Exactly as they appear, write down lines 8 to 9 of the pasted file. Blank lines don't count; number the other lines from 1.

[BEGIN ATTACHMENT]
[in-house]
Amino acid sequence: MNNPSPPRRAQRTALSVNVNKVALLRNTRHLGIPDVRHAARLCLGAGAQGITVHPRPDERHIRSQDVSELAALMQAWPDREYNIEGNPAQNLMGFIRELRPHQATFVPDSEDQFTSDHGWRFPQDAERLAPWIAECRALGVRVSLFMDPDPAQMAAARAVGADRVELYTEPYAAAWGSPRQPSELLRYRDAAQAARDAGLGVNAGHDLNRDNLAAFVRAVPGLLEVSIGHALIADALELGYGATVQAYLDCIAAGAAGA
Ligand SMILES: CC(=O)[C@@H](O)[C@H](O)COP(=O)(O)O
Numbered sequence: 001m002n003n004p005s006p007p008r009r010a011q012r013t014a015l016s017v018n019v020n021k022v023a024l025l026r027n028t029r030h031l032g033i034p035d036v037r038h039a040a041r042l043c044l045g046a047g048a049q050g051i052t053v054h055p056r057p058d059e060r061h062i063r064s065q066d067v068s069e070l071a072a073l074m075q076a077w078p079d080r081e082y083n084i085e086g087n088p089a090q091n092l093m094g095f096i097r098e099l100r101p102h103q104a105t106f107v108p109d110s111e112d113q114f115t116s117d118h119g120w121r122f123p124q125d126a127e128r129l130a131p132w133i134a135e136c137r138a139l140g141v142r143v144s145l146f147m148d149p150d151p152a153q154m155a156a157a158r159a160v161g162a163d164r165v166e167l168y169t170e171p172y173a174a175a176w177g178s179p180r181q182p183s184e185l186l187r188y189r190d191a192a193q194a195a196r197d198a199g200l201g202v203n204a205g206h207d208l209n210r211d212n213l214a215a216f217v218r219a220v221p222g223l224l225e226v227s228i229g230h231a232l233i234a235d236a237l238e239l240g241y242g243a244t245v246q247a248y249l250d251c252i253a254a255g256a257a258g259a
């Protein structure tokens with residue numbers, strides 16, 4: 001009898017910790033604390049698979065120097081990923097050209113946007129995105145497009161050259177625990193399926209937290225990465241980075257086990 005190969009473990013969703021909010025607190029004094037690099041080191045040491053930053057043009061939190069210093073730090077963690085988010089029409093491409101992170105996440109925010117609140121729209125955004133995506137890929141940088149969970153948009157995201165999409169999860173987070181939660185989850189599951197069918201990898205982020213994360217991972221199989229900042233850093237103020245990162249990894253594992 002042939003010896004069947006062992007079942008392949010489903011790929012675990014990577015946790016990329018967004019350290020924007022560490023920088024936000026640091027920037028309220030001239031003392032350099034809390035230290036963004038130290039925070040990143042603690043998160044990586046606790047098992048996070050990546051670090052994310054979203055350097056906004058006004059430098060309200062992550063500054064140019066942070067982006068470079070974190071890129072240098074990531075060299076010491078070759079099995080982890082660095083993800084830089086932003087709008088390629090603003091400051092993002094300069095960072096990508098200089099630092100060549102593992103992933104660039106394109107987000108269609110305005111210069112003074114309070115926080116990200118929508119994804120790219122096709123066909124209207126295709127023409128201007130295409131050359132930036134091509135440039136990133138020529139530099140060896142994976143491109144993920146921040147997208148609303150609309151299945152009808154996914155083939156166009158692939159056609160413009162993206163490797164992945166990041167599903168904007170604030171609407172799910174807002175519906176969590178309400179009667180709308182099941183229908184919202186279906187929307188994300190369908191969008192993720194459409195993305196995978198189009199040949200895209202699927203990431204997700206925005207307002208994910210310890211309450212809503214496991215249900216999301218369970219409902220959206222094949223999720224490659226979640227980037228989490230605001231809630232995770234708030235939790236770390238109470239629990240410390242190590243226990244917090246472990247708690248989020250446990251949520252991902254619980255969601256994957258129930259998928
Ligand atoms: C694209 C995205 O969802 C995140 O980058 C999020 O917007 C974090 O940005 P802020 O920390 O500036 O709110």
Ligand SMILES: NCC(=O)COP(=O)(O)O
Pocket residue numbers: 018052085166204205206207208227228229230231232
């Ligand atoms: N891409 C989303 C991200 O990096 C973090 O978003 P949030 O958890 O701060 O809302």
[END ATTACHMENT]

Pocket residue numbers: 018052085166204205206207208227228229230231232
């Ligand atoms: N891409 C989303 C991200 O990096 C973090 O978003 P949030 O958890 O701060 O809302």